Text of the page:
United Kingdom: A betrayal of Brexit?
Theresa May has let the country down, said Charles Moore in The Daily Telegraph. In a frenzy of 11th-hour diplomacy, the prime minister last week secured an initial agreement with the European Union on the terms of Britain’s exit from the bloc in March 2019—an essential step before talks can proceed to discussions on the future of trade relations between the U.K. and EU. But May struck that deal only by making massive concessions. She doubled her offer on our so-called divorce bill—the amount the U.K. must pay the EU to cover its outstanding financial liabilities—to $52 billion. She “compromised the future independence of our courts” by agreeing that EU citizens in the U.K. can appeal to the European Court of Justice for eight years after Brexit. And she has kicked the crucial question of the Irish border—whether there will be EU-British checkpoints between the Republic of Ireland and Northern Ireland—down the road. Unless May shows some spine, we can expect a similarly one-sided deal on trade.
Leaving the EU has “never looked a dafter act of national self-harm,” said Kevin Maguire in the Daily Mirror. We have just agreed to hand over piles of cash to “quit a hugely successful free trade area on our doorstep” and reduce our influence in Europe. Things will get even worse in the next phase, because we’ll be negotiating the trade bill blind: In the 18 months since the Brexit referendum, the prime minister’s cabinet has not held a single discussion on what the final deal should look like. Some Brexiteers say we can strike a Canadian-style trade deal with the EU, said The Independent in an editorial. But Canada’s agreement focuses heavily on physical goods, which make up only about 10 percent of the U.K. economy. We specialize in high-value services such as finance, architecture, and software, which rely on “the free movement of people and the provision of professional and other services across national borders.” That is why the EU single market is “such a precious national asset for Britain,” and why even a carefully negotiated exit will wreck jobs and prove to be “an unpleasant and painful experience.”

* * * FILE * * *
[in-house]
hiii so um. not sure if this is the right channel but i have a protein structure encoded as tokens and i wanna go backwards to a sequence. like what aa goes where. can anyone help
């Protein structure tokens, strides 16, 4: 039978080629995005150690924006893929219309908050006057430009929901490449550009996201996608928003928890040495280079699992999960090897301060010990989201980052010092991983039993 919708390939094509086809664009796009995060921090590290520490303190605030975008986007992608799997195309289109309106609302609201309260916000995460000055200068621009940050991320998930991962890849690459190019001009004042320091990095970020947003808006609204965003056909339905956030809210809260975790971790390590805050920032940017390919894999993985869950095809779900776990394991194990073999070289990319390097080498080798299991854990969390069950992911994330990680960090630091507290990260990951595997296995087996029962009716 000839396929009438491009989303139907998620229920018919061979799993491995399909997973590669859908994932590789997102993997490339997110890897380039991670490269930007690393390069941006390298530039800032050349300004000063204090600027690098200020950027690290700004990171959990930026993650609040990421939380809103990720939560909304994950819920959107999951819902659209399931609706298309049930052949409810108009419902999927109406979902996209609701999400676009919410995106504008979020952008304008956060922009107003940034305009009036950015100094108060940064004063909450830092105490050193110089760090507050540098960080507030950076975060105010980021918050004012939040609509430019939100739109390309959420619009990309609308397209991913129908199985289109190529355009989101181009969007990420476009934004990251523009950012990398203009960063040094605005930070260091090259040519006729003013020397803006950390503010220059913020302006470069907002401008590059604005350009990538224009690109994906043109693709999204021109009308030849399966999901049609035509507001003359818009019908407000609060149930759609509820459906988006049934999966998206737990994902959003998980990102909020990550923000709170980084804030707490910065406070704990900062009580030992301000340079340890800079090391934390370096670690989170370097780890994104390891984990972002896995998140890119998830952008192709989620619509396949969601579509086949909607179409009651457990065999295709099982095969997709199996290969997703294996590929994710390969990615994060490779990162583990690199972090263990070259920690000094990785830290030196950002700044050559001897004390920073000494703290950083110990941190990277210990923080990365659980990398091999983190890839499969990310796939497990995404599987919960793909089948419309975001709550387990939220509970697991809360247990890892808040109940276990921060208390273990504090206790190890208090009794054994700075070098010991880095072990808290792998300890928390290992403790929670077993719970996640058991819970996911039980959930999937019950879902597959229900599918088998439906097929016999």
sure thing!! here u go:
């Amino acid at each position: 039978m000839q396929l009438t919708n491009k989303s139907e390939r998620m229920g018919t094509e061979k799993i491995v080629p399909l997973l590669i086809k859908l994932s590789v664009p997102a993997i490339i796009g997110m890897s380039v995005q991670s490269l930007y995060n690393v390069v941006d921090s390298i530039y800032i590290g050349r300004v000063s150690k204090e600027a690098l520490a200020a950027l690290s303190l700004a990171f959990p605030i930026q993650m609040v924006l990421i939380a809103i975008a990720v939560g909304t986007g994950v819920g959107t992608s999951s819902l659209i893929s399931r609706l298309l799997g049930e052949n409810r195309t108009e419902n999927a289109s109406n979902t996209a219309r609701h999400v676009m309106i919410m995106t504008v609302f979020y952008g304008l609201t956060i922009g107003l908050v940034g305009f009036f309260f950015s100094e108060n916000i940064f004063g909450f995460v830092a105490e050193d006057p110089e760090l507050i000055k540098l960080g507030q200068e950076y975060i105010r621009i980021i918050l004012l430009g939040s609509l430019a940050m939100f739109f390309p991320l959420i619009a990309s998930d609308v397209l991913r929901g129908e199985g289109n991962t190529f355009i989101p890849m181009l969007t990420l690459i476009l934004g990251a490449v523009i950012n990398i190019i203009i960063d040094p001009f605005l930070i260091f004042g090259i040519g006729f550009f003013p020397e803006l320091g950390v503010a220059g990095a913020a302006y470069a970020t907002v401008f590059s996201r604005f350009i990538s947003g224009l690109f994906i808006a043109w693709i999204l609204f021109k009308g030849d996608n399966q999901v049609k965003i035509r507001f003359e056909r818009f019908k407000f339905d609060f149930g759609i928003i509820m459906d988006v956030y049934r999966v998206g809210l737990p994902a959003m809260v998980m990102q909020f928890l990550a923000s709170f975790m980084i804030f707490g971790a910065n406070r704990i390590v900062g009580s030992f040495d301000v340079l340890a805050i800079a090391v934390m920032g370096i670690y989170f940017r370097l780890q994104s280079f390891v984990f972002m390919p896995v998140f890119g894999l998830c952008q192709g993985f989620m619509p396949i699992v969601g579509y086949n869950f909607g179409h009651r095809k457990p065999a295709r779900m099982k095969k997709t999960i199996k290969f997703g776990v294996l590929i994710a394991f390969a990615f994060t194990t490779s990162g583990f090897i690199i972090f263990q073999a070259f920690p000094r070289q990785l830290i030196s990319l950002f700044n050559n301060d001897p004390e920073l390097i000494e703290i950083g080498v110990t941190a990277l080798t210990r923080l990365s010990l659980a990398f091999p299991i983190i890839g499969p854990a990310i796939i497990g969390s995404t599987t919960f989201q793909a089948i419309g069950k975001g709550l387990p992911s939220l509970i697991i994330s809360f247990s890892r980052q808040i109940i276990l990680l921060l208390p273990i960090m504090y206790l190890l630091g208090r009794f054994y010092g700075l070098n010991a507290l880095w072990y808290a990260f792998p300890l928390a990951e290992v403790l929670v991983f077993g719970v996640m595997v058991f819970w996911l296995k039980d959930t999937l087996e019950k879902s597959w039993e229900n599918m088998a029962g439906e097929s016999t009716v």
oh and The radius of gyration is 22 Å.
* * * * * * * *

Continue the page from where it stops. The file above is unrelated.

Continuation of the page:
We’re still better out than in, said Rod Liddle in The Times. Any disappointment over the poor terms May struck was alleviated when I heard that Germany’s Social Democrats—who are about to join Merkel’s Christian Democrats in a coalition government—are proposing a “European superstate by 2025, and that all countries who disagree be booted out.” EU bureaucrats are already bullies—just look at how they have tried to force the governments of Hungary and Poland to swallow a refugee policy their voters have rejected. That undemocratic tendency will only grow worse in a superstate. The point of Brexit is that we will have more control over our lives “outside this aloof, greedy, and overweening bureaucracy.” Isn’t that worth any price? ■